Enchanted April On Stage Again at 2nd Space

Mar 16, 2022 | 2022 Articles, Terrance V. Mc Arthur, Theatre

by Terrance Mc Arthur

Start with a dreary, rainy English March, take an Italian castle, add four English women with sadness and problems of their own, drench them in wisteria and sunshine, and what do you get?

Enchanted April.

Matthew Barber’s stage adaptation of Elizabeth Van Arnim’s 1923 novel of love and light returns to the Good Company Players’ 2nd Space Theatre through April 24, after a pandemic-induced hiatus, with much of its 2020 cast intact (health willing). The story has been adapted multiple times for stage and screen, featuring everyone from Miranda Richardson, Joan Plowright, and Alfred Molina to Molly Ringwald and Elizabeth Ashley.

The bubbly Lotty (Kristin Lyn Crase) and withdrawn Rose (Karen Hansen-Smith) read the same advertisement on a stormy London day, a promise of an April in sunny Italy. To fit their budgets, they join and find two travel companions to share the cost of the month-long getaway: the free-living Lady Caroline (Savanna Clevenger) and the stodgy and overbearing Mrs. Graves (Amelia Ryan).

Cast of GCP’s production of “Enchanted April”

Lotty is married to Mellersh (Benjamin Geddert), a work-obsessed lawyer. Rose’s husband, Frederick (Brian Rhea), a once-struggling poet, has gained fame under a nom de plume for racy novels about royal mistresses. Antony (Joseph Ham, with Erik Bako the understudy I saw in this production), the owner of the estate, agrees to terms and approves the services of Costanza (Mary Piona), the cook-housekeeper.

Act One takes place in a gloomy, stormy London, with mostly-dark clothing and sets suggested by furniture, with ominous thunderings at character decision points, and rain-simulating lighting, thanks to Ginger Kay Lewis Reed, David Pierce, and Andrea Henrickson. In the Italy-set Act Two, costumes are filled with color, the set explodes with light, and starlight seems to provide follow-spots for the characters. The magic of the environment envelops the performers.

Rose (Karen Hansen-Smith), Lotty (Kristin Lyn Crase) and Lady Caroline (Savanna Clevenger)

Crase is excited, enthusiastic, and has an Anglicized touch of Cathy Najimi as Lotty. She gleefully plans, has “visions” of relationships, and is one of those characters who rides roughshod over logic and reality. She is a delight to watch.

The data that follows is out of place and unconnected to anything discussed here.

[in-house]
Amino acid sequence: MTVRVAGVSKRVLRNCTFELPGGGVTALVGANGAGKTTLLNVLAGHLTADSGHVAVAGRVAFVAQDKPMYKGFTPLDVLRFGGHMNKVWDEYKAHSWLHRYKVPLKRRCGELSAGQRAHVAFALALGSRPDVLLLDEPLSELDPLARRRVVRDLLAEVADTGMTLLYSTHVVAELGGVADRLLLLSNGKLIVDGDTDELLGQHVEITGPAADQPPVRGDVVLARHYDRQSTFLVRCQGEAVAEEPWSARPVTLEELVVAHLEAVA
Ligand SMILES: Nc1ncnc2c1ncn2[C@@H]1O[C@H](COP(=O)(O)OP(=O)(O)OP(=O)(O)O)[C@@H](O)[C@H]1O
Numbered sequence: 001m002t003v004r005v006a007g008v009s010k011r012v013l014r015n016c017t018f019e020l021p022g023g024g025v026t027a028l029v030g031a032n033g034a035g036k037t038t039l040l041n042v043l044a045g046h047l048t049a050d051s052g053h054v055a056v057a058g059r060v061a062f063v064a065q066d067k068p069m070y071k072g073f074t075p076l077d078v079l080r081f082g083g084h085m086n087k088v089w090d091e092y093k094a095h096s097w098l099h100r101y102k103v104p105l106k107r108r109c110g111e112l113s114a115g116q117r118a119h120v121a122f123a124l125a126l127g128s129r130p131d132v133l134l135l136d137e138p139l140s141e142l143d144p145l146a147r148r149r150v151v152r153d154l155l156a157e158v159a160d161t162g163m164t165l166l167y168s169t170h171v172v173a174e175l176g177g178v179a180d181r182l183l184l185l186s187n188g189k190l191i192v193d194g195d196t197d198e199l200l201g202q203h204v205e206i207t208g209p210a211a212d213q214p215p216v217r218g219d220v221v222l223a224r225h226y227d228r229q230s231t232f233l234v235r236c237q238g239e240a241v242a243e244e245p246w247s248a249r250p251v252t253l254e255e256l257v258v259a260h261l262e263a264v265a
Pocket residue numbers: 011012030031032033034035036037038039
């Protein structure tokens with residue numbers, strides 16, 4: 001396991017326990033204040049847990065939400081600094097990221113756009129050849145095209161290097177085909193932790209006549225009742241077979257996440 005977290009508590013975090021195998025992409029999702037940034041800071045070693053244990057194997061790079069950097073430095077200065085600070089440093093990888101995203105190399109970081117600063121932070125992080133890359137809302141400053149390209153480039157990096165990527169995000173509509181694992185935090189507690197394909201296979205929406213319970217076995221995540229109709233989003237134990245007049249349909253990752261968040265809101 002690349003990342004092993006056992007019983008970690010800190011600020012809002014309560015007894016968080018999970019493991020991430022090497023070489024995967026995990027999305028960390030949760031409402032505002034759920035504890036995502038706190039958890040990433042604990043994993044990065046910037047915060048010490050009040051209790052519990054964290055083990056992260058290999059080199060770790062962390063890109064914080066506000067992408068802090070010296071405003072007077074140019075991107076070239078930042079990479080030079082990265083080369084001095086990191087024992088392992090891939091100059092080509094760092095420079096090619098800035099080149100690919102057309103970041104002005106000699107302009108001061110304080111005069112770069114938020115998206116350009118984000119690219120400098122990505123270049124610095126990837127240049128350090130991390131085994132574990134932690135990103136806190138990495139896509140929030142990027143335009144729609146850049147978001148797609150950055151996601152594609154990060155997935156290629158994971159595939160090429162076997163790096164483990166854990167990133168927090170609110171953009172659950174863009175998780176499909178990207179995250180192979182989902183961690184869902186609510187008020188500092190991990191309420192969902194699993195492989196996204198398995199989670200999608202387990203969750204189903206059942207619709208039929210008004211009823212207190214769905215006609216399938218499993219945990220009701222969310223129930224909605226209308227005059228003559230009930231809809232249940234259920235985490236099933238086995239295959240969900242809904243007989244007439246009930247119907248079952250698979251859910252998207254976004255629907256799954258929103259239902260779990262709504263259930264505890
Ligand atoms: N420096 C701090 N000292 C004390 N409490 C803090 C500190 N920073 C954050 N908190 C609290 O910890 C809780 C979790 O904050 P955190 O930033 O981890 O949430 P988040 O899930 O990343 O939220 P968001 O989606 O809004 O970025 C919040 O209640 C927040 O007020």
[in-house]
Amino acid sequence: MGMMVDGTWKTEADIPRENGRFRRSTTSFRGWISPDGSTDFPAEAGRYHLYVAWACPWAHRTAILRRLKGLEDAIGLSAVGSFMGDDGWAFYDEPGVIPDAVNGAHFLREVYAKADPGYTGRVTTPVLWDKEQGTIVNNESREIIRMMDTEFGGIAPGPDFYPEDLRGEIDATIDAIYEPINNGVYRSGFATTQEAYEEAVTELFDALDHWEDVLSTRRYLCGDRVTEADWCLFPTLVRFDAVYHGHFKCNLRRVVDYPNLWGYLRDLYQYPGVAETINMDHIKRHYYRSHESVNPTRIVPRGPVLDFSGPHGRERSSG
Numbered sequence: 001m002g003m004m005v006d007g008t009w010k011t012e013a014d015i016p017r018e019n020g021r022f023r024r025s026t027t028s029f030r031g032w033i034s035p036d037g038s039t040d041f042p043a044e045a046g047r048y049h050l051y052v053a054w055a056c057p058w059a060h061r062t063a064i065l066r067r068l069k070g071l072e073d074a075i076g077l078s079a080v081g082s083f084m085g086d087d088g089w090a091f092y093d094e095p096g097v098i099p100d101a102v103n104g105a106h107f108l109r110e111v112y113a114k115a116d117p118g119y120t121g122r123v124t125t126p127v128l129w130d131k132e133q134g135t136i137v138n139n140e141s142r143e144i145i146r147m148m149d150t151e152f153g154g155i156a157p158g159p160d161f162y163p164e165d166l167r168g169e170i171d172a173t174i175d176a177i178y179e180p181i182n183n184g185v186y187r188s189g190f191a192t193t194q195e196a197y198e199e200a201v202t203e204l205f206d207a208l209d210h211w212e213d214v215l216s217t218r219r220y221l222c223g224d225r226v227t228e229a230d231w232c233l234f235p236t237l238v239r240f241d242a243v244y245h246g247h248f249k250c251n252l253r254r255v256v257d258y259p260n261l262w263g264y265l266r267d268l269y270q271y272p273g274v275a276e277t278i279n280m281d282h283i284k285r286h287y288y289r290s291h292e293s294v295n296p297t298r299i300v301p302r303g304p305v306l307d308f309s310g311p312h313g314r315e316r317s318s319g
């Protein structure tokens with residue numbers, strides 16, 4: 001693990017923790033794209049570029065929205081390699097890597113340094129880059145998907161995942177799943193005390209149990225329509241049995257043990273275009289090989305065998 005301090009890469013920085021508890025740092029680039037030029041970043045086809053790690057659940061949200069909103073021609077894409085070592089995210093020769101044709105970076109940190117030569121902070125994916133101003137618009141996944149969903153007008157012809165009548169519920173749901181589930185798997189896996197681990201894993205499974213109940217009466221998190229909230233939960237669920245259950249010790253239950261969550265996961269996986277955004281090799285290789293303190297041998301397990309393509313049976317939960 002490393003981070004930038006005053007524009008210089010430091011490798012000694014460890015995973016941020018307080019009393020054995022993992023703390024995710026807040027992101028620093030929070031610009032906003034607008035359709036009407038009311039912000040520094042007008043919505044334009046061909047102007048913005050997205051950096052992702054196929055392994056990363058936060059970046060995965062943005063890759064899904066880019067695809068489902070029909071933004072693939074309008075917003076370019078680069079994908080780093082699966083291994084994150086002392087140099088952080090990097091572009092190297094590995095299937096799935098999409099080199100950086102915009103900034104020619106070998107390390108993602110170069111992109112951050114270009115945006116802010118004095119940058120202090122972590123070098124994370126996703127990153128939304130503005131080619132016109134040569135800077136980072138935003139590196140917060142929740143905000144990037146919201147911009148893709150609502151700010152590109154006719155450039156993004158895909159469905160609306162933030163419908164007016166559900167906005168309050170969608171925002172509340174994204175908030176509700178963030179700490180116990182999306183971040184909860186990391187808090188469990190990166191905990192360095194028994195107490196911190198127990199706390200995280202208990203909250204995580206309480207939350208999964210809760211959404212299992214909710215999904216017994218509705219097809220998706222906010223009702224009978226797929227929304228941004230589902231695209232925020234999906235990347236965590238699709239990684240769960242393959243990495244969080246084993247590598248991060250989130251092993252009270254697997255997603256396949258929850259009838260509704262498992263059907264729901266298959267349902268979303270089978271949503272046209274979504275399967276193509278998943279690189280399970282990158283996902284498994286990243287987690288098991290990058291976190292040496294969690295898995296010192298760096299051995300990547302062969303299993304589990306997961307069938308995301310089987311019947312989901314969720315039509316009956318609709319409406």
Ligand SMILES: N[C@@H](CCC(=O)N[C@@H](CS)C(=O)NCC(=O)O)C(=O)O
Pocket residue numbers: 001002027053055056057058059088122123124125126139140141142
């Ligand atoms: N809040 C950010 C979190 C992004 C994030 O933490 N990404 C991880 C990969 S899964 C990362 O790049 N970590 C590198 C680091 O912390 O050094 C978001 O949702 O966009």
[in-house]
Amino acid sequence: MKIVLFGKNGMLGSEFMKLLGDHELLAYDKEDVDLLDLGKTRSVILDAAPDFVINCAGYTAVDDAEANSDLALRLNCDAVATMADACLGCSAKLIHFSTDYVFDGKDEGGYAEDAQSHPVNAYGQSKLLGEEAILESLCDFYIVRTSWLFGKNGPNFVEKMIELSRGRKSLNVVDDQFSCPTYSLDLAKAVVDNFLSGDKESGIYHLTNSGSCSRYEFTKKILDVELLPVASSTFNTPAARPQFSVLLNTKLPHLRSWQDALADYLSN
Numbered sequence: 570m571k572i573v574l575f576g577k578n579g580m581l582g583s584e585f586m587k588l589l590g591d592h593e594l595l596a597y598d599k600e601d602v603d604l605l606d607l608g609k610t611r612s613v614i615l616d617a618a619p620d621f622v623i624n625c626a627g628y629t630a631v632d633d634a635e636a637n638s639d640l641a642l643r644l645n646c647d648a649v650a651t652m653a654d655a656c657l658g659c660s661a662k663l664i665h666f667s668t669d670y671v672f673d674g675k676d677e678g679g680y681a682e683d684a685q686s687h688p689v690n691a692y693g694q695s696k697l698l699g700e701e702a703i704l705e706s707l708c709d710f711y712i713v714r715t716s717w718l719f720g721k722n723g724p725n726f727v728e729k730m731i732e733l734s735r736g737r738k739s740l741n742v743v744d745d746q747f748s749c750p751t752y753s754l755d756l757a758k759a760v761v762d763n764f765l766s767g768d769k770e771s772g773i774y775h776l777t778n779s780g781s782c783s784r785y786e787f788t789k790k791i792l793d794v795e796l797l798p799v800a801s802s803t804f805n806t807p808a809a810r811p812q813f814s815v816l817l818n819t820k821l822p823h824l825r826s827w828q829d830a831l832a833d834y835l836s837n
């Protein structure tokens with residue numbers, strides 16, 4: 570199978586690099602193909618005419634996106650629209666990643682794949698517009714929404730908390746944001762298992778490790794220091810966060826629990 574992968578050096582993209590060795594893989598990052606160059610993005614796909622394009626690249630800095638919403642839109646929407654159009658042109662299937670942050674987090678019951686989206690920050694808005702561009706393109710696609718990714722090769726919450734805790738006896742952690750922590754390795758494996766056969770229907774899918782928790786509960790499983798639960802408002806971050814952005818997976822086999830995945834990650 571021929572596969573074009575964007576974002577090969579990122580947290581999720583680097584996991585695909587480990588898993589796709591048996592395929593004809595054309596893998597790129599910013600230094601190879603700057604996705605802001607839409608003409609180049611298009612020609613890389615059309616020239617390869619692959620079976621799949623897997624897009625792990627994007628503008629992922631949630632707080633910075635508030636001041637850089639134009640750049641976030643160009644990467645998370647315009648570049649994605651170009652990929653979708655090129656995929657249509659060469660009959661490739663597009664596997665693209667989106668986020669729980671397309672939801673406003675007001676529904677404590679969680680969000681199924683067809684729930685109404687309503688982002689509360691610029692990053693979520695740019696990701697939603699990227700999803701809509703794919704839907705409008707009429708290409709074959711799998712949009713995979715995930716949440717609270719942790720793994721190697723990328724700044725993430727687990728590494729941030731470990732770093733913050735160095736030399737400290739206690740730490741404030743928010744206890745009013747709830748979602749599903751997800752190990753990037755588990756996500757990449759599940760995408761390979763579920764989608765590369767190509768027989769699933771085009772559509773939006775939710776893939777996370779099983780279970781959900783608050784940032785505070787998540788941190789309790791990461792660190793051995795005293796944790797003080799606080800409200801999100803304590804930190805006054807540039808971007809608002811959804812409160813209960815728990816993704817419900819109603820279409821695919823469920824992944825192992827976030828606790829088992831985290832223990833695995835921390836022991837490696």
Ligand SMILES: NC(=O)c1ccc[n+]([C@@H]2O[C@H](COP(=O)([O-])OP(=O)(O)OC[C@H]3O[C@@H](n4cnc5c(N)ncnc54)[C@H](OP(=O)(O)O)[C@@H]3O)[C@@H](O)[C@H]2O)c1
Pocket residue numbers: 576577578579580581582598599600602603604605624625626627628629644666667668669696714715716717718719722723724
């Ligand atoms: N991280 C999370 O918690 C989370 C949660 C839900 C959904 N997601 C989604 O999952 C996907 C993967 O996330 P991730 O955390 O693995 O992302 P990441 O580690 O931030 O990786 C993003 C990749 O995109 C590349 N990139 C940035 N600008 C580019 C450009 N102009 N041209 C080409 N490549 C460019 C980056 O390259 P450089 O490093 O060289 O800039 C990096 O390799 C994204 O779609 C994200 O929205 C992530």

Hansen-Smith’s Rose is the antithesis of Crase’s Lotty: withdrawn, religious, and embarrassed by her husband’s high-profile lifestyle and lowbrow writing. Her reticence and discomfort as Crase woos her with the delights of Italy is a comic gem, making Lotty’s talkativeness even funnier. Under the castle’s influence, the tightly-furled petals unfold, and she recaptures joy.

With a Liza Minelli/Sally Bowles/flapper hairstyle, Clevenger has a striking appearance, with a flashy wardrobe and a languid, world-weary attitude. She carries all the bad habits of the Jazz Age, and carries all the hurts of the First World War.

Mrs. Graves (Amelia Ryan), Antony (Joseph Ham), and Lady Caroline (Savanna Clevenger)

Ryan has the grand-dame aura of a serious version of the Marx Brothers foil Margaret Dumont, but with more intelligence and perception. Living in her past, she learns to let go of traditions and seize the day.

Geddert comes off as a priggish social climber out to get ahead, unaware of his wife’s feelings, but the magic of Italy has its effects on the hardest heart. He has a Cary Elwes look about him, with a small moustache, and one of the great sight gags of the play.

Rhea is the literati glitterati image, somewhere between George Sanders and Fred Gwynne, a sometimes-cad who tries to live up to his press releases. Gently imposing, he softens in Italy.

Frederick (Brian Rhea) and Rose (Karen Hansen-Smith)

I saw Ham as Antony during the original run of the play. He was young and vital, bright, lively, and cheerful. He warmed the stage. Bako had a quieter quality, mature and thoughtful. Both are valid responses to the role.

The secret weapon of this play is Piona. Peasant-garbed, she grumbles in Italian with facial expressions and reactions that break the language barrier. She stomps, gestures, and makes her thoughts known at all times. She gives a master class in scene stealing.

Mrs. Graves (Amelia Ryan) and Costanza (Mary Piona)

The director, Denise Graziani, keeps control of a herd of strong characters, and lets the magic of Italy happen in Fresno. Enchanted April is…enchanting.

The 2nd Space Theatre is at 928 E. Olive Ave, in Fresno. For tickets and further information, contact www.gcplayers.com, or call (559) 266-9494.

If you love local theatre, be sure to check out Mysteryrat’s Maze Podcast, which features mysteries read by local actors. You can find the podcast on Apple Podcasts, Spotify, Google Play, and also on podbean.

Check out more theatre reviews & other local entertainment articles in our Arts & Entertainment section. You can also find more theatre coming up on KRL’s Local Theatre event page.

Terrance V. Mc Arthur worked for the Fresno County Public Library for three decades. He is retired, but not retiring. A storyteller, puppeteer, writer, actor, magician, basketmaker, and all-around interesting person, his goal is to make life more unusual for everyone he meets.

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